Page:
Water, a pitcher, food coloring, plastic tubing, a protractor a small plastic cylinder, a plastic support base, and a Teflon bailer for use as a valve were all gathered. A setup was devised in which water flowed vertically downward tangent to a small cylindrical plastic container. A protractor was attached to the front of the container, to allow angle measurements. Water, heated or cooled to different temperatures, flowed down from a valve, and the angle at which it departed from the plastic after adhering to it was recorded. This was repeated a minimum of four times for every test condition. Video recordings and playback of the experimentation allowed for accurate observations.
Water at about 2 degrees Celsius, 20 degrees Celsius, and 36 degrees Celsius had similar numerical outcomes. The two coolest test conditions (water at 2 degrees Celsius and 20 degrees Celsius) were very close together in angles of deflection. The warm water (36 degrees Celsius) was the only test condition in which the stream consistently wavered between flowing straight down without deflection and curving, so this test condition is overrepresented by its numerical outcome. The hot water (79 degrees Celsius) clearly had the lowest deflection.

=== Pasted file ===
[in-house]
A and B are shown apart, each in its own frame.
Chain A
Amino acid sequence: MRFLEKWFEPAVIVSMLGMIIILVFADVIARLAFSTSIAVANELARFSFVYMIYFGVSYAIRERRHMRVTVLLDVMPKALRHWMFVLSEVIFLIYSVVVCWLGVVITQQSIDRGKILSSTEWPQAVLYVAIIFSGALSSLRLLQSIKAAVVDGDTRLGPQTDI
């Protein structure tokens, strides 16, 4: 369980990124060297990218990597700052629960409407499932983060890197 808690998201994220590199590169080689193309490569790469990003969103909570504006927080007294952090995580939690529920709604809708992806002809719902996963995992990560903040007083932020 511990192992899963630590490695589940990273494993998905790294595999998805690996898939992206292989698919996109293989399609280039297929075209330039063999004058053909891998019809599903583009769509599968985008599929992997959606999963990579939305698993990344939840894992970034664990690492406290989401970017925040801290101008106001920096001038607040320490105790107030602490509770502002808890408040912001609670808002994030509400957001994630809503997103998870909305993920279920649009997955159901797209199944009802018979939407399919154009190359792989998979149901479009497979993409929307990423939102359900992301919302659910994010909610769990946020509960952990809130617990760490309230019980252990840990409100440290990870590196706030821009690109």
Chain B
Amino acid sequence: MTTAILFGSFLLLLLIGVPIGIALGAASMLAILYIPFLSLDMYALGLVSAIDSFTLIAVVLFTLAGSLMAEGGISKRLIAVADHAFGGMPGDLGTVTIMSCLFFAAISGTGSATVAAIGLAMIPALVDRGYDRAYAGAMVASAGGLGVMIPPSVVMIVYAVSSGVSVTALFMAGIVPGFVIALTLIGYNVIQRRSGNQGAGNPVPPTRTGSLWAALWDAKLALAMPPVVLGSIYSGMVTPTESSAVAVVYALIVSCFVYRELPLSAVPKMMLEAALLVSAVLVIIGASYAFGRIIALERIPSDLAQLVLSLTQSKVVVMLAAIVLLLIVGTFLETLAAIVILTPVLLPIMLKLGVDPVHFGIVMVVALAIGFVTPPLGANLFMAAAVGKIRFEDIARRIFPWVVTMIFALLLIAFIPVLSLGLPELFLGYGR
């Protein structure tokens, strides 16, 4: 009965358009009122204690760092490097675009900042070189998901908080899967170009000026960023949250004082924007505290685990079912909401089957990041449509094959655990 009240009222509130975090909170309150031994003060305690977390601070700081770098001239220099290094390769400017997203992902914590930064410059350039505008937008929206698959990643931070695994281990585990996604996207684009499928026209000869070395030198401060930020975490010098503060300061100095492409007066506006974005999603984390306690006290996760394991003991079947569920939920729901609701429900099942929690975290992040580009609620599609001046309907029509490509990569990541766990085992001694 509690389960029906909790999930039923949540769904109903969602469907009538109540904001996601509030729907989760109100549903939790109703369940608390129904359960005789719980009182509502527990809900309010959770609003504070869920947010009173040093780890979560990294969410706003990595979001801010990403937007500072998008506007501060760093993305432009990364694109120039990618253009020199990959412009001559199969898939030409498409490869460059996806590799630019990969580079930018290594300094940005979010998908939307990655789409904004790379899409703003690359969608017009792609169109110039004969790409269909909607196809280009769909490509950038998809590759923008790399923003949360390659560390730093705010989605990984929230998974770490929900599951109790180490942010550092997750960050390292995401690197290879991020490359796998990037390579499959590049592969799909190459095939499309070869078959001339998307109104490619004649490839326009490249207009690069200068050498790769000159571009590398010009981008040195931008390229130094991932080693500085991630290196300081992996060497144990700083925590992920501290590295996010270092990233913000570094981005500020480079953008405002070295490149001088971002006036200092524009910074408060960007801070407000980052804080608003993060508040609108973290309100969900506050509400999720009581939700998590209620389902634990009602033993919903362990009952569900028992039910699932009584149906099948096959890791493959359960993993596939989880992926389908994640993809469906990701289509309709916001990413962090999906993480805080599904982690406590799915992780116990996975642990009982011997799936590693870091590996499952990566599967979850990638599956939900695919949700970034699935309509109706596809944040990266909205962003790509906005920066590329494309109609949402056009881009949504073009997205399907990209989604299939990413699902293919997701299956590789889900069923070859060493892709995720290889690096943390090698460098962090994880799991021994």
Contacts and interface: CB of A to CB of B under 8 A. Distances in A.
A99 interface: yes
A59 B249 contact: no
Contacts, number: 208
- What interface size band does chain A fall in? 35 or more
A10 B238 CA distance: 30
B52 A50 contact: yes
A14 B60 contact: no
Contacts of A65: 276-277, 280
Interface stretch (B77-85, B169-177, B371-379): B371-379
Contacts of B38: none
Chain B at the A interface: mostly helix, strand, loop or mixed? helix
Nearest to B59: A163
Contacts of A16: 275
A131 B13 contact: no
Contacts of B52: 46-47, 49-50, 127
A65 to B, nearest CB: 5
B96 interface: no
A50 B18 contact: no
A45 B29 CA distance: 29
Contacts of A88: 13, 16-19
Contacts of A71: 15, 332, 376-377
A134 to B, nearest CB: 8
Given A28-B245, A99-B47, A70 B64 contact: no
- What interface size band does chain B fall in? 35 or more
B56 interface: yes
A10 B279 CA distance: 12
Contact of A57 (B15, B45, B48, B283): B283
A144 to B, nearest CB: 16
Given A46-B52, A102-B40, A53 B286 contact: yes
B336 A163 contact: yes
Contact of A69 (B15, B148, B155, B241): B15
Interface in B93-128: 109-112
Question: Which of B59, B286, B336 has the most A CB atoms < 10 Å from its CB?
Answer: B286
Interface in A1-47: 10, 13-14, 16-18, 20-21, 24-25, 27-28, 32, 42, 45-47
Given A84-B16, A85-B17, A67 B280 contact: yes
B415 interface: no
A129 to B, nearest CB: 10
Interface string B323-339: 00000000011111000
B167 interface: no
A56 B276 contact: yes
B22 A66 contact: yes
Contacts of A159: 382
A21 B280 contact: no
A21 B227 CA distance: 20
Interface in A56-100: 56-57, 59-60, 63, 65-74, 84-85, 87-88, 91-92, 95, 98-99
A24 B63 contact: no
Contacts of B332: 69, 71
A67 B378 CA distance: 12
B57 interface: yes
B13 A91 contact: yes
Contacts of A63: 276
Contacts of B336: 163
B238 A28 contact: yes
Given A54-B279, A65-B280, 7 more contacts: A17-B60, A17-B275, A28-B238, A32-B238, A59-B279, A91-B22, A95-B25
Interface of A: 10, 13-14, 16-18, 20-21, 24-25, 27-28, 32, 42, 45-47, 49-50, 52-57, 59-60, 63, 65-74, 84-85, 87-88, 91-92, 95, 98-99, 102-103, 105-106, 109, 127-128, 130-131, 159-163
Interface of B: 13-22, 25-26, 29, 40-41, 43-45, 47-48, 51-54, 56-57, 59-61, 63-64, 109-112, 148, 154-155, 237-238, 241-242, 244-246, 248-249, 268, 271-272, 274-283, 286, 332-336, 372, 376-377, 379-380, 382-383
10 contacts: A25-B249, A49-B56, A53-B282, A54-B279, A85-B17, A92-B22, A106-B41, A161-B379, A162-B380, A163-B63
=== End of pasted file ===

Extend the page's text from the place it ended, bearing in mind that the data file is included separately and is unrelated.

No results of the experiment indicated that the mechanisms causing the differences in the influence of the Coanda effect were different than hypothesized. Though viscosity, density, and shear forces were not directly measured, no other forces were clearly identifiable based on the Background Research. The water was deflected much less efficiently in the warm test condition, though this is not evident numerically. The peak in the data could be related to water's peak density at 4 degrees Celsius. It is clear from this experiment that significantly increasing the temperature of a fluid diminishes the deflection from that fluid's original course, as caused by the Coanda effect.
This project designed using a plastic cylinder and streams of water at various temperatures, it was determined whether the temperature of a fluid stream would affect its angle of deflection resulting from the Coanda effect (wall attachment principle).
Science Fair Project done By Anson F. Stewart